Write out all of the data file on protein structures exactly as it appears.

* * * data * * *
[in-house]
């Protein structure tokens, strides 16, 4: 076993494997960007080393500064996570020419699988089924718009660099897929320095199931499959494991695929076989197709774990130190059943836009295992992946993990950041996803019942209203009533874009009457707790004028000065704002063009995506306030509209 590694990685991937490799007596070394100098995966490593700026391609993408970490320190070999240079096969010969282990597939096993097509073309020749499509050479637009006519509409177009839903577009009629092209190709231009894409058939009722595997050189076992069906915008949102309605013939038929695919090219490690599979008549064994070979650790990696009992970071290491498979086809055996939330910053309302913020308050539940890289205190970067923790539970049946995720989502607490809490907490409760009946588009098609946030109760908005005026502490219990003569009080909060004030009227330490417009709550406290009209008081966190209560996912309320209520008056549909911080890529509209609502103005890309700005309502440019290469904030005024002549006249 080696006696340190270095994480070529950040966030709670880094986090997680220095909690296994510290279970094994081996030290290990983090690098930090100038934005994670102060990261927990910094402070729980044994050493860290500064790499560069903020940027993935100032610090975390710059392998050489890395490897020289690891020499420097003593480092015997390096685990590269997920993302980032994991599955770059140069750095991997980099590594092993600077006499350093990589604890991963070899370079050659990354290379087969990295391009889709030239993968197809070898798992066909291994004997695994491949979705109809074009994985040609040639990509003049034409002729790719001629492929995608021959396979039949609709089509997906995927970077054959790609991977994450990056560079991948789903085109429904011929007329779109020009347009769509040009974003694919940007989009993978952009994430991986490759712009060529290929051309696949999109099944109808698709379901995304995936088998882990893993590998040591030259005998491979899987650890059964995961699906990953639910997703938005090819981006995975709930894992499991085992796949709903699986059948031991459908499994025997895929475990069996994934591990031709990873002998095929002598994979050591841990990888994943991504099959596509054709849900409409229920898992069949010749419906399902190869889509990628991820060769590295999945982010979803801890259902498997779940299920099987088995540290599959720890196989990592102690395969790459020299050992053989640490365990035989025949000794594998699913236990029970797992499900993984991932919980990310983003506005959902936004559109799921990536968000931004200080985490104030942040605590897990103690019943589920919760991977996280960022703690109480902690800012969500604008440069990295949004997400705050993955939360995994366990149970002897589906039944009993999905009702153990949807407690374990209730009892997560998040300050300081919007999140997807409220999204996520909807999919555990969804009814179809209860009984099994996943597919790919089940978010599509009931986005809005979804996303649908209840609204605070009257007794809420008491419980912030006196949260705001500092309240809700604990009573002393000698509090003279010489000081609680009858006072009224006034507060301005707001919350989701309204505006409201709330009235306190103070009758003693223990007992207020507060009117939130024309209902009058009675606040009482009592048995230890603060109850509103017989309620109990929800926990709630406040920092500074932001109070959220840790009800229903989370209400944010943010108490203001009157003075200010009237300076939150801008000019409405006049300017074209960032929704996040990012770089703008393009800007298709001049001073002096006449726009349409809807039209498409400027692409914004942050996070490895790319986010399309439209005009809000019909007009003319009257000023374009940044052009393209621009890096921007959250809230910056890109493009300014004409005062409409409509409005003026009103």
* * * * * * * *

[in-house]
């Protein structure tokens, strides 16, 4: 076993494997960007080393500064996570020419699988089924718009660099897929320095199931499959494991695929076989197709774990130190059943836009295992992946993990950041996803019942209203009533874009009457707790004028000065704002063009995506306030509209 590694990685991937490799007596070394100098995966490593700026391609993408970490320190070999240079096969010969282990597939096993097509073309020749499509050479637009006519509409177009839903577009009629092209190709231009894409058939009722595997050189076992069906915008949102309605013939038929695919090219490690599979008549064994070979650790990696009992970071290491498979086809055996939330910053309302913020308050539940890289205190970067923790539970049946995720989502607490809490907490409760009946588009098609946030109760908005005026502490219990003569009080909060004030009227330490417009709550406290009209008081966190209560996912309320209520008056549909911080890529509209609502103005890309700005309502440019290469904030005024002549006249 080696006696340190270095994480070529950040966030709670880094986090997680220095909690296994510290279970094994081996030290290990983090690098930090100038934005994670102060990261927990910094402070729980044994050493860290500064790499560069903020940027993935100032610090975390710059392998050489890395490897020289690891020499420097003593480092015997390096685990590269997920993302980032994991599955770059140069750095991997980099590594092993600077006499350093990589604890991963070899370079050659990354290379087969990295391009889709030239993968197809070898798992066909291994004997695994491949979705109809074009994985040609040639990509003049034409002729790719001629492929995608021959396979039949609709089509997906995927970077054959790609991977994450990056560079991948789903085109429904011929007329779109020009347009769509040009974003694919940007989009993978952009994430991986490759712009060529290929051309696949999109099944109808698709379901995304995936088998882990893993590998040591030259005998491979899987650890059964995961699906990953639910997703938005090819981006995975709930894992499991085992796949709903699986059948031991459908499994025997895929475990069996994934591990031709990873002998095929002598994979050591841990990888994943991504099959596509054709849900409409229920898992069949010749419906399902190869889509990628991820060769590295999945982010979803801890259902498997779940299920099987088995540290599959720890196989990592102690395969790459020299050992053989640490365990035989025949000794594998699913236990029970797992499900993984991932919980990310983003506005959902936004559109799921990536968000931004200080985490104030942040605590897990103690019943589920919760991977996280960022703690109480902690800012969500604008440069990295949004997400705050993955939360995994366990149970002897589906039944009993999905009702153990949807407690374990209730009892997560998040300050300081919007999140997807409220999204996520909807999919555990969804009814179809209860009984099994996943597919790919089940978010599509009931986005809005979804996303649908209840609204605070009257007794809420008491419980912030006196949260705001500092309240809700604990009573002393000698509090003279010489000081609680009858006072009224006034507060301005707001919350989701309204505006409201709330009235306190103070009758003693223990007992207020507060009117939130024309209902009058009675606040009482009592048995230890603060109850509103017989309620109990929800926990709630406040920092500074932001109070959220840790009800229903989370209400944010943010108490203001009157003075200010009237300076939150801008000019409405006049300017074209960032929704996040990012770089703008393009800007298709001049001073002096006449726009349409809807039209498409400027692409914004942050996070490895790319986010399309439209005009809000019909007009003319009257000023374009940044052009393209621009890096921007959250809230910056890109493009300014004409005062409409409509409005003026009103």